Azacitidine with or without eltrombopag for first-line treatment of intermediate- or high-risk MDS with thrombocytopenia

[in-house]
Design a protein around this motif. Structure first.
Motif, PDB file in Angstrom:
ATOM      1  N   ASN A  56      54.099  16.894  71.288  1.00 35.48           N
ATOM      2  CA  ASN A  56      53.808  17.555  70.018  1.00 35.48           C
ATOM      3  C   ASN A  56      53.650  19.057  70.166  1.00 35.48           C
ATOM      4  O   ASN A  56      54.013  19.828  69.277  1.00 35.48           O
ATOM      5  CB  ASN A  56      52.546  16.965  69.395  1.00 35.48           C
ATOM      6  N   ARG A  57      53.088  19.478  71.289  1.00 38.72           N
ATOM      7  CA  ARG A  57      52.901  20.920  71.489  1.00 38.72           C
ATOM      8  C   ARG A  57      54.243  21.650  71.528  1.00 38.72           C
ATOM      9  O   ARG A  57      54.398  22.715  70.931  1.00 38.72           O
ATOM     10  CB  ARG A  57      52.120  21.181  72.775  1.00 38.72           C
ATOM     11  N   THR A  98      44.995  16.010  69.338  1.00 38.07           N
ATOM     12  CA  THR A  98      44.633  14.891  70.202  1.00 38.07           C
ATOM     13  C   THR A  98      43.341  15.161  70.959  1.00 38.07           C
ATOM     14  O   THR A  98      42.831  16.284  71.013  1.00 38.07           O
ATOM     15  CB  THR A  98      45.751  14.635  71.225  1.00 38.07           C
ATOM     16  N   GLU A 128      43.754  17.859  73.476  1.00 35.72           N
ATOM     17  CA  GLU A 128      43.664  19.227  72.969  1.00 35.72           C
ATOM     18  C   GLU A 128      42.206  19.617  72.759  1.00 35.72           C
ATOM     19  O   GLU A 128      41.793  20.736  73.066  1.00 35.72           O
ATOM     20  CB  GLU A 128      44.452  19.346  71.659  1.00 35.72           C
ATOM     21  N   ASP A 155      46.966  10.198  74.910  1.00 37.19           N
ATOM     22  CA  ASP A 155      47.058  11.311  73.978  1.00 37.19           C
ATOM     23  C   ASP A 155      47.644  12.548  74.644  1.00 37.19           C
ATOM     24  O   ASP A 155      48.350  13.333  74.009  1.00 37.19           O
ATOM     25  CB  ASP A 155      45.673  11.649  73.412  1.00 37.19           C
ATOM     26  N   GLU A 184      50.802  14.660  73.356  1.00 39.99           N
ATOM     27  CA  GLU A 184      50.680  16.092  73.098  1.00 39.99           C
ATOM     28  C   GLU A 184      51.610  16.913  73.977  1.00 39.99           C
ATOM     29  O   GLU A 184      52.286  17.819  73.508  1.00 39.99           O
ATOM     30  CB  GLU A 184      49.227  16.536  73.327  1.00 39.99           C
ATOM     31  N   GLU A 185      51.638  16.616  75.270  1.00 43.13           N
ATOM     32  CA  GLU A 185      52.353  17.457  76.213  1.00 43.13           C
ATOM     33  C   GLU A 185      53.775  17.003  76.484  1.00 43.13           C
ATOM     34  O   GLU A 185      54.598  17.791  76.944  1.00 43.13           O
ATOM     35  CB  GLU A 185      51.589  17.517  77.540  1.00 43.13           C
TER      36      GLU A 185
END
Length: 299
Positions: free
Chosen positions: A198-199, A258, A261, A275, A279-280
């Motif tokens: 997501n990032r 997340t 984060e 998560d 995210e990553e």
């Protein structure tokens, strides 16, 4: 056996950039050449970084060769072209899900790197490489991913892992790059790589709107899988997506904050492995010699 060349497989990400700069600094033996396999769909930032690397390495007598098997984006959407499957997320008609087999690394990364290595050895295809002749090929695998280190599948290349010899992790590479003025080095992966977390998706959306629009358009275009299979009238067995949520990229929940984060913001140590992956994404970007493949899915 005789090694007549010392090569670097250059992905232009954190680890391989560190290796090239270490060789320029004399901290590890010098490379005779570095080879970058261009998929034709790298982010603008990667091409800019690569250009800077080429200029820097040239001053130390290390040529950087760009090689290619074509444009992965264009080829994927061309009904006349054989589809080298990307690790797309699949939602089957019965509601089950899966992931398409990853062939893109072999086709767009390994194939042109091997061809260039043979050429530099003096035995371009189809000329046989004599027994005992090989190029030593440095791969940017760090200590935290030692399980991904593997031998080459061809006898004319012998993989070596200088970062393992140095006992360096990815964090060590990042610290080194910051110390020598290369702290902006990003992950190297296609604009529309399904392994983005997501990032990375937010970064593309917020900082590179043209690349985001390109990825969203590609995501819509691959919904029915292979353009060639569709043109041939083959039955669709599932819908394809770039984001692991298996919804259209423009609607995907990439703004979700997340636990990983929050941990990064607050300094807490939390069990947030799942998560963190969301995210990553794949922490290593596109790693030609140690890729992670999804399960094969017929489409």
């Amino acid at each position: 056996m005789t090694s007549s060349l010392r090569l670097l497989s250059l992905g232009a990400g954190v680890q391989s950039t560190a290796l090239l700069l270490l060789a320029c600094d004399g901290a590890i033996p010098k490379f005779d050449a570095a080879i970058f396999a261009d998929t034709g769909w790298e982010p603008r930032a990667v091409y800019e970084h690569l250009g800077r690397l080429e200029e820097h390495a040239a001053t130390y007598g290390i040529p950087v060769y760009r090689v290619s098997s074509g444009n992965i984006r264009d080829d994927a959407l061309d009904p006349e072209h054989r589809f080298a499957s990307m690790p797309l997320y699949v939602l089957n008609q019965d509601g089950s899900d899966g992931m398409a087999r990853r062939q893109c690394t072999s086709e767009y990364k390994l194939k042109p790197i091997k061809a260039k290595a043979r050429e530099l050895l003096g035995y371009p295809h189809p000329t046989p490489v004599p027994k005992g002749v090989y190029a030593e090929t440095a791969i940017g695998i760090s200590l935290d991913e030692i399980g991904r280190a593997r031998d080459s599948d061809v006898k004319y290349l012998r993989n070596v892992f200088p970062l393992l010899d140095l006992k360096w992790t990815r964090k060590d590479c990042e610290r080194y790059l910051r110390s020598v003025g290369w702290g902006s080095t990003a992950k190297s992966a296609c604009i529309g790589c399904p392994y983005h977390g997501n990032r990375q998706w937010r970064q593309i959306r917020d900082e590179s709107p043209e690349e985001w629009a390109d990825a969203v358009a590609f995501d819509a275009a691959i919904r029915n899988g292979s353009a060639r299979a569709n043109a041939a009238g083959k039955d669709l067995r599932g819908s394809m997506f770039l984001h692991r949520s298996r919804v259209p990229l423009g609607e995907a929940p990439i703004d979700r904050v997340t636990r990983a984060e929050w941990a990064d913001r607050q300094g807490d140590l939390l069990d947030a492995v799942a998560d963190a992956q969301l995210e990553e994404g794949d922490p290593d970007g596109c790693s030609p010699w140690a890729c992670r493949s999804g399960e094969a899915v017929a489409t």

Azacitidine treatment for (MDS) generally exacerbates thrombocytopenia during the first treatment cycles. SUPPORT, a Phase III, randomized, double-blind, placebo-controlled study (NCT02158936), investigated the platelet supportive effects of eltrombopag given concomitantly with azacitidine. IPSS intermediate-1, intermediate-2 or high-risk MDS patients with baseline platelets <75x10(9)/L were randomized 1:1 to eltrombopag (starting 200 mg/day [East Asians: 100 mg/day], maximum 300 mg/day [East Asians: 150 mg/day]) or placebo, plus azacitidine (75 mg/m(2) sc once daily for 7 days, every 28 days). Primary endpoint was the proportion of patients platelet transfusion-free during cycles 1-4 of azacitidine therapy. Based on planned interim analyses, an independent data monitoring committee recommended stopping the study prematurely as efficacy outcomes crossed the predefined futility threshold, and for safety reasons. At final termination, 28/179 (16%) eltrombopag and 55/177 (31%) placebo patients met the primary endpoint (OR 0.37; 95%CI 0.21, 0.65; two-sided P=0.001). Overall response (IWG criteria; complete, marrow or partial response) occurred in 20% and 35% of eltrombopag and placebo patients, respectively, by investigator assessment (OR 0.51; 95%CI 0.30, 0.86; nominal P=0.005). There was no difference in hematologic improvement in any cell lineage between the two arms. There was no improvement in overall survival (HR 1.42; 95%CI 0.97, 2.08; nominal P=0.164) or progression-free survival (HR 1.47; 95%CI 1.05, 2.07; nominal P=0.060). AEs with greater occurrence (≥10%) in the eltrombopag versus placebo arm were febrile neutropenia and diarrhea. Compared with azacitidine alone, eltrombopag plus azacitidine worsened platelet recovery, with lower response rates and a trend toward increased progression to AML.